- Predictably monotone
The premise is interesting, but the writing style didn't capture my interest. A lot of repetition. Yielded some useful insight. Overall, worth reading, even in a cursory manner....more info
- Excellent, scientifically-backed look at human behavior
First, a bit of technical "stuff". I chose the CD version because I have so much hard book reading to do that I must depend on my ears to soak up much of the knowledge that I require in my life. I was pleased with the sound of the CD and the reader did a great job. He has a nice, clear British accent, which is a joy to listen to.
I prefer books that are backed by science rather than pop psychology based on theories and opinions of modern-day gurus. This is such a book.
As someone who needs to understand human behavior (I'm an advertising copywriter) and someone who is just naturally intrigued by such things, I found this book extremely useful.
We learn from the studies of the author that people think they behave rationally and ethically. The reality, however, is that they do not. People behave irrationally and more often than not, unethically. Of course, the conditions under which a person finds himself will dictate his behavior.
I was especially interested in the section about marketing. How people respond to prices and marketing is valuable information to anyone who is in advertising or, for that matter, any business.
Many reviews have been written about this book so I'll not try and give an in-depth review. I do, however, recommend the book to you.
- Susanna K. Hutcheson...more info
- Excellent, quick read
This book was informative and engaging for an armchair psychologist and professional salesman such as myself. Ariely describes his experiments and observations on human behaviour with a facility and ease that makes the book a pleasure to read. His background and credentials are impressive too. It's an enjoyable and quick read. I highly recommend it....more info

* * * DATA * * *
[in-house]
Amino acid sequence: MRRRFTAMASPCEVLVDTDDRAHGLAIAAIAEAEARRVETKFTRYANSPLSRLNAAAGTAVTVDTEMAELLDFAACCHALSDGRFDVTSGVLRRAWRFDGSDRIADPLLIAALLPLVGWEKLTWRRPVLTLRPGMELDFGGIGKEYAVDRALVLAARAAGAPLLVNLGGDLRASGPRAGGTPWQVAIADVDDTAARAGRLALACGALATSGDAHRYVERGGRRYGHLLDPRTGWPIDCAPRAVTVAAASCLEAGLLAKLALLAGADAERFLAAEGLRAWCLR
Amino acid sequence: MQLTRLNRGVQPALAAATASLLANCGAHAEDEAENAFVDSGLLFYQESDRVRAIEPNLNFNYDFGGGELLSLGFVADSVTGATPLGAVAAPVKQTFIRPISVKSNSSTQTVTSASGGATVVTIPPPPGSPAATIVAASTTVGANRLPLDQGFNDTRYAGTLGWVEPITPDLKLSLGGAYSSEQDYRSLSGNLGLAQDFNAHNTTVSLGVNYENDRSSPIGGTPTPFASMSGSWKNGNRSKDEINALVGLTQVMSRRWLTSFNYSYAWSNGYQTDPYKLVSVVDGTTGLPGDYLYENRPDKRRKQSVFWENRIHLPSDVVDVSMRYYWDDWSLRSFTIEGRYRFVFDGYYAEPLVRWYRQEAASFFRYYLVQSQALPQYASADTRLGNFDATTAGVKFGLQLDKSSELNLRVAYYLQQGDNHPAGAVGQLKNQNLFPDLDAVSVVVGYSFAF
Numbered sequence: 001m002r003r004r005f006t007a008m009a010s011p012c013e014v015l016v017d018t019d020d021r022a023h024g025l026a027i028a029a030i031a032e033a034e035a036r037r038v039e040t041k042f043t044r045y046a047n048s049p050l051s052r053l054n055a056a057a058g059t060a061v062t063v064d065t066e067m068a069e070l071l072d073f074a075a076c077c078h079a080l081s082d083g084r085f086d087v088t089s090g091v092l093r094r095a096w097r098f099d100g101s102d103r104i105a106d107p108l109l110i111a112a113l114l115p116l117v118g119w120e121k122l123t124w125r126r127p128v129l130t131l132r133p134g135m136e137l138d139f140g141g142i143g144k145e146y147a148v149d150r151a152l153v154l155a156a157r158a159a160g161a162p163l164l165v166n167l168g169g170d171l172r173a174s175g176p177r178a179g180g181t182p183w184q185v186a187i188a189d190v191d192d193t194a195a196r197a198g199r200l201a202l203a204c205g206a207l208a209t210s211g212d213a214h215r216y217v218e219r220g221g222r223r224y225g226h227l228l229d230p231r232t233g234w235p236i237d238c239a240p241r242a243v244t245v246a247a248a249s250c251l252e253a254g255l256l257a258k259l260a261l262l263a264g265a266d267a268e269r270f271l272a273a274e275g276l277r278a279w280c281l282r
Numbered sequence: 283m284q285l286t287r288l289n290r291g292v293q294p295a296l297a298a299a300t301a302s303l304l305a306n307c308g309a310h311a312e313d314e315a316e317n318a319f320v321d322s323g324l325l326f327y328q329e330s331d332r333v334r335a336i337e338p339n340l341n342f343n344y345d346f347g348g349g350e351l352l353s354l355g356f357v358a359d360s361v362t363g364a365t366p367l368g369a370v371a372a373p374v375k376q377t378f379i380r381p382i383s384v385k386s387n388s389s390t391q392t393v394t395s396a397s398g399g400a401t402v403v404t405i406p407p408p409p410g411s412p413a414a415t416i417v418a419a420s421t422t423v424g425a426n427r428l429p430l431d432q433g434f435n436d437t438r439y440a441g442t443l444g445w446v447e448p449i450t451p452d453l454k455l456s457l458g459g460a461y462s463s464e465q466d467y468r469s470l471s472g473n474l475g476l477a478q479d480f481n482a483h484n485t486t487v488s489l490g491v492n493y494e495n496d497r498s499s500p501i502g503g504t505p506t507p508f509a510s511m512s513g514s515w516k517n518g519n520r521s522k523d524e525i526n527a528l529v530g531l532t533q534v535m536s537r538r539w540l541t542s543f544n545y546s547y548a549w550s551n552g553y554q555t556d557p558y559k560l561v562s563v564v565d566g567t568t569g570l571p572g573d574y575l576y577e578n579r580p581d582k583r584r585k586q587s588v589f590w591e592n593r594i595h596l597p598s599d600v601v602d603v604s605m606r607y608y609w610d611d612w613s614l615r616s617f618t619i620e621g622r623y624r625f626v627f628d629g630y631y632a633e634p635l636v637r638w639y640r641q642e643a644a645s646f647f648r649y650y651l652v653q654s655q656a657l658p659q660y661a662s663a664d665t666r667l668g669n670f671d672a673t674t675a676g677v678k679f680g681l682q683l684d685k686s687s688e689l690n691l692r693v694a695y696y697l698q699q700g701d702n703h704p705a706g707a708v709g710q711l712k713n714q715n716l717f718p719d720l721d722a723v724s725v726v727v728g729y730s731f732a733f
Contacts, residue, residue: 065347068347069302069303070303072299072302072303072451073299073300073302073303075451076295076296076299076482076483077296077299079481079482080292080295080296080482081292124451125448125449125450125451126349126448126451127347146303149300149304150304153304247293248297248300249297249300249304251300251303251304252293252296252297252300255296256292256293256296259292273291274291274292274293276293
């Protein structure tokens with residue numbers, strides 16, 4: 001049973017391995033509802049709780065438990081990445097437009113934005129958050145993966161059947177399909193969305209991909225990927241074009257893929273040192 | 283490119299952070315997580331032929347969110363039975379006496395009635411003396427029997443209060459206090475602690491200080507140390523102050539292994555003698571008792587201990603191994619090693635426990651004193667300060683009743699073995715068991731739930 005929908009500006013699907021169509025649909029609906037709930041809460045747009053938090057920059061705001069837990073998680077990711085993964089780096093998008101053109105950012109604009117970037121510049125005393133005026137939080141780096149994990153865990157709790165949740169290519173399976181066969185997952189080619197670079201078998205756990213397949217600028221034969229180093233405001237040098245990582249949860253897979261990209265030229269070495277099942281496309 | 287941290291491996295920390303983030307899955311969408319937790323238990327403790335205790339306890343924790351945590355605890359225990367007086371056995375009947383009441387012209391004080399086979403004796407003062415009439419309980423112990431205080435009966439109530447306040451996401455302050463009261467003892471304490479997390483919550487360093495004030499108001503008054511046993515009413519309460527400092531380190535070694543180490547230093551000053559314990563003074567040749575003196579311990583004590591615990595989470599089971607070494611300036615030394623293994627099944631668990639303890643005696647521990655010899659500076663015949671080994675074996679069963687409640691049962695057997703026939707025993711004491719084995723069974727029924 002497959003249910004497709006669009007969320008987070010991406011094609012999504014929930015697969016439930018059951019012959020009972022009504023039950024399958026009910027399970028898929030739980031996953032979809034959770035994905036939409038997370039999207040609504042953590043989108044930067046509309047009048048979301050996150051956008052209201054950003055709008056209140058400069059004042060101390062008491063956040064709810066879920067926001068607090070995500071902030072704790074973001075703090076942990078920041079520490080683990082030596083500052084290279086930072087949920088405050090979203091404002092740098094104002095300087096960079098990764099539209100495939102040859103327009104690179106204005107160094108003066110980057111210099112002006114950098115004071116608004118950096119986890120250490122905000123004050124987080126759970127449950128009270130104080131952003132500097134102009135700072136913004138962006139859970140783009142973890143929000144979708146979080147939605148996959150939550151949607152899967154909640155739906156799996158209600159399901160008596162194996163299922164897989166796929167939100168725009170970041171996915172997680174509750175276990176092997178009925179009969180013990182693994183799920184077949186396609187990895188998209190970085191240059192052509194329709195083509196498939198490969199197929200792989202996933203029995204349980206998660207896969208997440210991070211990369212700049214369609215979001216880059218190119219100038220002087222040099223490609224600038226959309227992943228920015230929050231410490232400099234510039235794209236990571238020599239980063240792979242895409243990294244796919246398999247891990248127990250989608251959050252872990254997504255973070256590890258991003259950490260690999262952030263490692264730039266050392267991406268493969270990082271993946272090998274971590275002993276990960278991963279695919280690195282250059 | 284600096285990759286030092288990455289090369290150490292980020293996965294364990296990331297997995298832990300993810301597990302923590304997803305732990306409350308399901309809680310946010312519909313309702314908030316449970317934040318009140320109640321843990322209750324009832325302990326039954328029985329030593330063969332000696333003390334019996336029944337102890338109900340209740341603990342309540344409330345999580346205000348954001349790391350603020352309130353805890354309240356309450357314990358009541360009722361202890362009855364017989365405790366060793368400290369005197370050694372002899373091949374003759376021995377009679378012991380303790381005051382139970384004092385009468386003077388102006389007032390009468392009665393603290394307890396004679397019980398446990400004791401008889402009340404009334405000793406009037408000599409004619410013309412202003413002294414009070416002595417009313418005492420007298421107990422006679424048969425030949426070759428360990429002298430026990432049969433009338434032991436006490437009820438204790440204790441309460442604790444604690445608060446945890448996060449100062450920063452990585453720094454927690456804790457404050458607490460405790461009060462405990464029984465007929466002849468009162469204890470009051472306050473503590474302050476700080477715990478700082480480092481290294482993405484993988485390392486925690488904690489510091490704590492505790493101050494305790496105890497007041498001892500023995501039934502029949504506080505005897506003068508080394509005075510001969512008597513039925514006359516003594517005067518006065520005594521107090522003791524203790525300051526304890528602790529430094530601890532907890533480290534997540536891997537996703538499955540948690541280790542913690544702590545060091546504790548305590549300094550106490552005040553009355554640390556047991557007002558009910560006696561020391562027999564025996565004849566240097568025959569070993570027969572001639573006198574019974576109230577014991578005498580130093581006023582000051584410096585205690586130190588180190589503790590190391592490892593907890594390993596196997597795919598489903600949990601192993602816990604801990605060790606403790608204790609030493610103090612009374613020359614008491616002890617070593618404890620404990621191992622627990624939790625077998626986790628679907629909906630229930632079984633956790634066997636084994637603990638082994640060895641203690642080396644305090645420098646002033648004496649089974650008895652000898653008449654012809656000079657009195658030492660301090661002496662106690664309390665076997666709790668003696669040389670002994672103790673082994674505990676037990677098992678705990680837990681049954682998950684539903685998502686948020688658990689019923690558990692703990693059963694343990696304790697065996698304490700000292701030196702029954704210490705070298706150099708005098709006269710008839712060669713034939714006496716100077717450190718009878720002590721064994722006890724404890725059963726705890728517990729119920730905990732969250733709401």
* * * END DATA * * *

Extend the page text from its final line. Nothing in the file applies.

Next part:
- Very interesting if you can separate wheat from chaff.
It is hard to design experiments that reveal something that hasn't been explored before, and to do it in the field that interests almost everybody. It is even harder to know your limitations, and to stay within your field of competence. Especially if your name is Dan Ariely.
The book describes a good number of experiments which demonstrate irrational behaviour of humans in a variety of situations. Not all are eye-opening, especially if you know SOME behavioural psychology, but overwhelming majority are curious at the very least. If nothing else, you will chuckle at students who prefer the "MIT brew" (beer + balsamic vinegar) over beer by a wide margin UNLESS they are told the ingredients, and patients who are cured by a placebo, provided they are told it is EXPENSIVE.
Unfortunately, the author is not satisfied with simply summarising his experiments and letting the reader draw the conclusions. He offers his own, and they range from slightly overreaching to wildly speculative. It is somewhat forgivable that Mr. Ariely thinks that even the most limited of his experiments reveal something profoundly deep about human nature. But it gets outright silly when he offers his opinion, in the authoritative tone of an expert, in the matters of economics and public policy, as he reveals his total ignorance in both subjects.